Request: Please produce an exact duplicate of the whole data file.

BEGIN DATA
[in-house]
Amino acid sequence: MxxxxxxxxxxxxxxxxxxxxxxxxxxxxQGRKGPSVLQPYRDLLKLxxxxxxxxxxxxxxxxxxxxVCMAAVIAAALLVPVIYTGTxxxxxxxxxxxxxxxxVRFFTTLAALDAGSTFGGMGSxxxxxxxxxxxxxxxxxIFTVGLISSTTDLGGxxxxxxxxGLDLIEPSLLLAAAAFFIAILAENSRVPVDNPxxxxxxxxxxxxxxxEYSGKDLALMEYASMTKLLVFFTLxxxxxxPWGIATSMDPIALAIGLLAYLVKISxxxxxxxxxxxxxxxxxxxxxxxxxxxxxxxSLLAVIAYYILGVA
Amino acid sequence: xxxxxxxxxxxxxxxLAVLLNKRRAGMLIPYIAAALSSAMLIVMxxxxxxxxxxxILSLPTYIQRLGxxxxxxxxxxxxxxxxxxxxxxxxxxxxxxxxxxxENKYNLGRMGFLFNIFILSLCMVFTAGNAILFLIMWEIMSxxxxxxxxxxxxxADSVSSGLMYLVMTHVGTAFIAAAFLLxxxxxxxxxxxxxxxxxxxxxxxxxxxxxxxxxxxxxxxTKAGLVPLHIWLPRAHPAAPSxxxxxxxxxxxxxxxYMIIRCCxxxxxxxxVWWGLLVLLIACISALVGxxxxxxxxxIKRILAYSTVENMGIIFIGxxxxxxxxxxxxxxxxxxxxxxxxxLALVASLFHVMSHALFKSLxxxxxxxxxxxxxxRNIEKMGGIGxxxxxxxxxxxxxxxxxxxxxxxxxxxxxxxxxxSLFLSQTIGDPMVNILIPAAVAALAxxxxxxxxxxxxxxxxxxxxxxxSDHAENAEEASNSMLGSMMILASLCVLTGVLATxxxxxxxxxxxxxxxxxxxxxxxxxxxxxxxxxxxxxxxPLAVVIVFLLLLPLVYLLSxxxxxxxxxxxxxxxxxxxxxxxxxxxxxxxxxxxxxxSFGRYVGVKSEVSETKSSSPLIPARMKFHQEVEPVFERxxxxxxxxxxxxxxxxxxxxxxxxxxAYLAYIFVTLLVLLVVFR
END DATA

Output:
[in-house]
Amino acid sequence: MxxxxxxxxxxxxxxxxxxxxxxxxxxxxQGRKGPSVLQPYRDLLKLxxxxxxxxxxxxxxxxxxxxVCMAAVIAAALLVPVIYTGTxxxxxxxxxxxxxxxxVRFFTTLAALDAGSTFGGMGSxxxxxxxxxxxxxxxxxIFTVGLISSTTDLGGxxxxxxxxGLDLIEPSLLLAAAAFFIAILAENSRVPVDNPxxxxxxxxxxxxxxxEYSGKDLALMEYASMTKLLVFFTLxxxxxxPWGIATSMDPIALAIGLLAYLVKISxxxxxxxxxxxxxxxxxxxxxxxxxxxxxxxSLLAVIAYYILGVA
Amino acid sequence: xxxxxxxxxxxxxxxLAVLLNKRRAGMLIPYIAAALSSAMLIVMxxxxxxxxxxxILSLPTYIQRLGxxxxxxxxxxxxxxxxxxxxxxxxxxxxxxxxxxxENKYNLGRMGFLFNIFILSLCMVFTAGNAILFLIMWEIMSxxxxxxxxxxxxxADSVSSGLMYLVMTHVGTAFIAAAFLLxxxxxxxxxxxxxxxxxxxxxxxxxxxxxxxxxxxxxxxTKAGLVPLHIWLPRAHPAAPSxxxxxxxxxxxxxxxYMIIRCCxxxxxxxxVWWGLLVLLIACISALVGxxxxxxxxxIKRILAYSTVENMGIIFIGxxxxxxxxxxxxxxxxxxxxxxxxxLALVASLFHVMSHALFKSLxxxxxxxxxxxxxxRNIEKMGGIGxxxxxxxxxxxxxxxxxxxxxxxxxxxxxxxxxxSLFLSQTIGDPMVNILIPAAVAALAxxxxxxxxxxxxxxxxxxxxxxxSDHAENAEEASNSMLGSMMILASLCVLTGVLATxxxxxxxxxxxxxxxxxxxxxxxxxxxxxxxxxxxxxxxPLAVVIVFLLLLPLVYLLSxxxxxxxxxxxxxxxxxxxxxxxxxxxxxxxxxxxxxxSFGRYVGVKSEVSETKSSSPLIPARMKFHQEVEPVFERxxxxxxxxxxxxxxxxxxxxxxxxxxAYLAYIFVTLLVLLVVFR